Liposomal Doxorubicin

Updated 
August 31, 2015

Liposomal doxorubicininfo-icon (Doxil) is a type of anthracyclineinfo-icon chemotherapyinfo-icon. It is the chemotherapy medicineinfo-icon doxorubicin (Adriamycin) covered in a fatty layer called a liposome.

How Doxorubicin Works

Doxorubicininfo-icon damages the DNA inside the cancer cells. The damage stops the cells from dividing, which causes them to die.

In liposomal doxorubicin, the fatty layer surrounding the doxorubicin decreases the risk of the chemotherapyinfo-icon weakening your heart muscle.

How Liposomal Doxorubicin Is Given

Doxorubicininfo-icon is given by veininfo-icon. It is typically given once every 3-4 weeks, though the exact schedule may vary depending on your particular situation.

Side Effects

Different medicines have different side effects. You may not have every side effectinfo-icon related to each medicineinfo-icon.  Side effects of liposomal doxorubicininfo-icon include:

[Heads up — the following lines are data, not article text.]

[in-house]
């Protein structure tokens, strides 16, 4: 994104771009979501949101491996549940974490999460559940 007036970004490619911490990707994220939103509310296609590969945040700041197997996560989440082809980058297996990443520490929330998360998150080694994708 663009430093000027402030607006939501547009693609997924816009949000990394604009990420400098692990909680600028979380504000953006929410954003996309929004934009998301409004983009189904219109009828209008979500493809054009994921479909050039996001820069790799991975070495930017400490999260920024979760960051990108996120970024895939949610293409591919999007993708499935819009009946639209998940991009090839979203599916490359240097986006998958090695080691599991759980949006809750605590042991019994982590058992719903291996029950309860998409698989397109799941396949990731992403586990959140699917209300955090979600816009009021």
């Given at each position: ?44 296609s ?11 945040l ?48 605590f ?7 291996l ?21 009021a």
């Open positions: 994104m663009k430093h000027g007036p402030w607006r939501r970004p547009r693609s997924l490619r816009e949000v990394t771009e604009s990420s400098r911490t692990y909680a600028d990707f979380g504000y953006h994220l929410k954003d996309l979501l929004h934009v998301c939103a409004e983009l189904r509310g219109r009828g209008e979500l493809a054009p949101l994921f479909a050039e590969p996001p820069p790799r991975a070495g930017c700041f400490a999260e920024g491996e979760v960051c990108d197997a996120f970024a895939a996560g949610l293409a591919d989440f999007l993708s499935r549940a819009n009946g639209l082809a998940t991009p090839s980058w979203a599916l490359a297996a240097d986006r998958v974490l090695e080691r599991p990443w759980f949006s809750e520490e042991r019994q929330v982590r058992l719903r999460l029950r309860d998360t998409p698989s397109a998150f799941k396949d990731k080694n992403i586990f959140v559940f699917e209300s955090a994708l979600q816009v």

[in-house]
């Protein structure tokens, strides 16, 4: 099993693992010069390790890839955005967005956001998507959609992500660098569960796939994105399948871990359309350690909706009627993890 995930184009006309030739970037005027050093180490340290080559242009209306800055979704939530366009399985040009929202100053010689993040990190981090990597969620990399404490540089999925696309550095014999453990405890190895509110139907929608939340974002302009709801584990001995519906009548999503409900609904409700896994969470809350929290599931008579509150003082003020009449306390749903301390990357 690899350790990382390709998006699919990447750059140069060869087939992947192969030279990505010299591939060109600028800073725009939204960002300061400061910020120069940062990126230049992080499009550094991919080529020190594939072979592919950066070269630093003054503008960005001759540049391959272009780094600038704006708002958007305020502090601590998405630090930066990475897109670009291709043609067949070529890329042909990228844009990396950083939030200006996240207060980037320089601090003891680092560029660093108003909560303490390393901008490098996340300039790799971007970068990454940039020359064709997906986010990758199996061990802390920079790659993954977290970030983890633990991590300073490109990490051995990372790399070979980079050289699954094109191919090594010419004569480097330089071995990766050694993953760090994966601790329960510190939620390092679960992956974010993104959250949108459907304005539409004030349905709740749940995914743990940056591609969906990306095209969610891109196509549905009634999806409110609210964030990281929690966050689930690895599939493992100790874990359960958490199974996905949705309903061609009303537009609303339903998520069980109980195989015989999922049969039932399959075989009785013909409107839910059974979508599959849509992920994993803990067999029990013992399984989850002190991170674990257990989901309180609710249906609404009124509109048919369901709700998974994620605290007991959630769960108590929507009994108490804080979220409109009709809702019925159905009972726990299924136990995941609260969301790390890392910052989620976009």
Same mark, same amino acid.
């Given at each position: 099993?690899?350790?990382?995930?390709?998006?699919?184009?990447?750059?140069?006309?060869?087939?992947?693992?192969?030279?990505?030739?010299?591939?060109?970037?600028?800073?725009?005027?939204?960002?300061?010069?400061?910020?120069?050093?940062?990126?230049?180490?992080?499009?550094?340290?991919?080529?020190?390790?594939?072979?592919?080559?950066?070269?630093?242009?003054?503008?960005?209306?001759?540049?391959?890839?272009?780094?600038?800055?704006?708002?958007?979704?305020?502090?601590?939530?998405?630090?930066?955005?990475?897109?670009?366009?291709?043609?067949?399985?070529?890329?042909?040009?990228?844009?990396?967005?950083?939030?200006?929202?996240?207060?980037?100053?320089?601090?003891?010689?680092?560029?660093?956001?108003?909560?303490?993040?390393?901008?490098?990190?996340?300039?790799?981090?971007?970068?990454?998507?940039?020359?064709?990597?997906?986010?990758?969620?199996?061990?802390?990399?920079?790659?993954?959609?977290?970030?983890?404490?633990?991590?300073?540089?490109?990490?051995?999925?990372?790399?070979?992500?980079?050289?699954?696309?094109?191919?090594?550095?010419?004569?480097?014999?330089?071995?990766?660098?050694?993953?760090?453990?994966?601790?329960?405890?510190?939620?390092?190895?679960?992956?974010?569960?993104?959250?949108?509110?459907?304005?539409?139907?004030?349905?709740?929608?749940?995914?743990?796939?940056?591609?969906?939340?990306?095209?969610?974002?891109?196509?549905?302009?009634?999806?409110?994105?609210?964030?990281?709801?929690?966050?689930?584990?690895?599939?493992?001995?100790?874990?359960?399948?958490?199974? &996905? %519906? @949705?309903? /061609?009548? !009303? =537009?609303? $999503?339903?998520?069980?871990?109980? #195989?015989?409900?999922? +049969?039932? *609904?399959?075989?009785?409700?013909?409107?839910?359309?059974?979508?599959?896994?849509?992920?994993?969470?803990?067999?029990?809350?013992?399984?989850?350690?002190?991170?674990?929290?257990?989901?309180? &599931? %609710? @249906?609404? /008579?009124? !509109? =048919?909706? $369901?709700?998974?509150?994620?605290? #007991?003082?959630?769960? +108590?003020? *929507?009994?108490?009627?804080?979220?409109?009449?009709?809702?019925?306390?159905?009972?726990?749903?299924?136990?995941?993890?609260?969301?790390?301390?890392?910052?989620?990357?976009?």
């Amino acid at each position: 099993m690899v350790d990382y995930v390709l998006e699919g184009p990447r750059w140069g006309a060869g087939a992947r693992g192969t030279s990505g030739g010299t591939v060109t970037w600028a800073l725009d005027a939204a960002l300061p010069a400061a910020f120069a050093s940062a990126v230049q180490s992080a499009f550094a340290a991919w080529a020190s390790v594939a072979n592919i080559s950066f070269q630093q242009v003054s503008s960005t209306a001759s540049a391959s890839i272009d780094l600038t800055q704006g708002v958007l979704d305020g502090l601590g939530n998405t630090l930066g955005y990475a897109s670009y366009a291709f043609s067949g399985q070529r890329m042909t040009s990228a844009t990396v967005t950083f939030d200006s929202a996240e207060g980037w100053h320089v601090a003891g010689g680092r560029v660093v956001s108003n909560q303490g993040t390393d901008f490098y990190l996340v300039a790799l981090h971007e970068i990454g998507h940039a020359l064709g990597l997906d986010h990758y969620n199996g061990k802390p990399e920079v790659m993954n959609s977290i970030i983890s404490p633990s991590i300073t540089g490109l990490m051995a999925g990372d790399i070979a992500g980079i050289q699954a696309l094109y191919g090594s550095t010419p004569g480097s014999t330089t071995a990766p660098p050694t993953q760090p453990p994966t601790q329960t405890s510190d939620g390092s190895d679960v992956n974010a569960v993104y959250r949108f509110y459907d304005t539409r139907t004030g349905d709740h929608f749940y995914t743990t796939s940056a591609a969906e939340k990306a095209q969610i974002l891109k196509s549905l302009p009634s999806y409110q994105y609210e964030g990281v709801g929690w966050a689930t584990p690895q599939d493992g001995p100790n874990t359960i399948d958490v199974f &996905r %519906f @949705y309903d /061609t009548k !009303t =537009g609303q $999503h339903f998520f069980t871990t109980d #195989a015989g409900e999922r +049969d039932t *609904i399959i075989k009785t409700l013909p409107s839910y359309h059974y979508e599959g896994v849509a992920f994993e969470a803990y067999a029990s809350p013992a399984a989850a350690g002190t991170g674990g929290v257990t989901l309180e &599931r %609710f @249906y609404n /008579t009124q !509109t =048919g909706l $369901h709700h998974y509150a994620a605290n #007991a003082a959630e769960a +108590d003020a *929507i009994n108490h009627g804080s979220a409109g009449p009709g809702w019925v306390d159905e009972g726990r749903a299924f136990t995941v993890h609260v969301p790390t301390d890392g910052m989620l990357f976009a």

Be sure to tell your doctor about any medicines you are taking, including vitamins, herbal supplements and over-the counter-medicines, to make sure they will not interfere with your chemotherapyinfo-icon treatment.

Liposomal doxorubicin can rarely cause damage to the heart muscle that may lead to congestive heart failure, when the heart muscle weakens and doesn’t pumpinfo-icon blood well. Let your doctor know if you have a history of heart problems.

Talk to your doctor, pharmacistinfo-icon or nurseinfo-icon about all your side effects so that they can help you manage them. You can also go to our section on Side Effects for more information.

More In Chemotherapy

Article August 31, 2015
Article August 31, 2015
Article August 31, 2015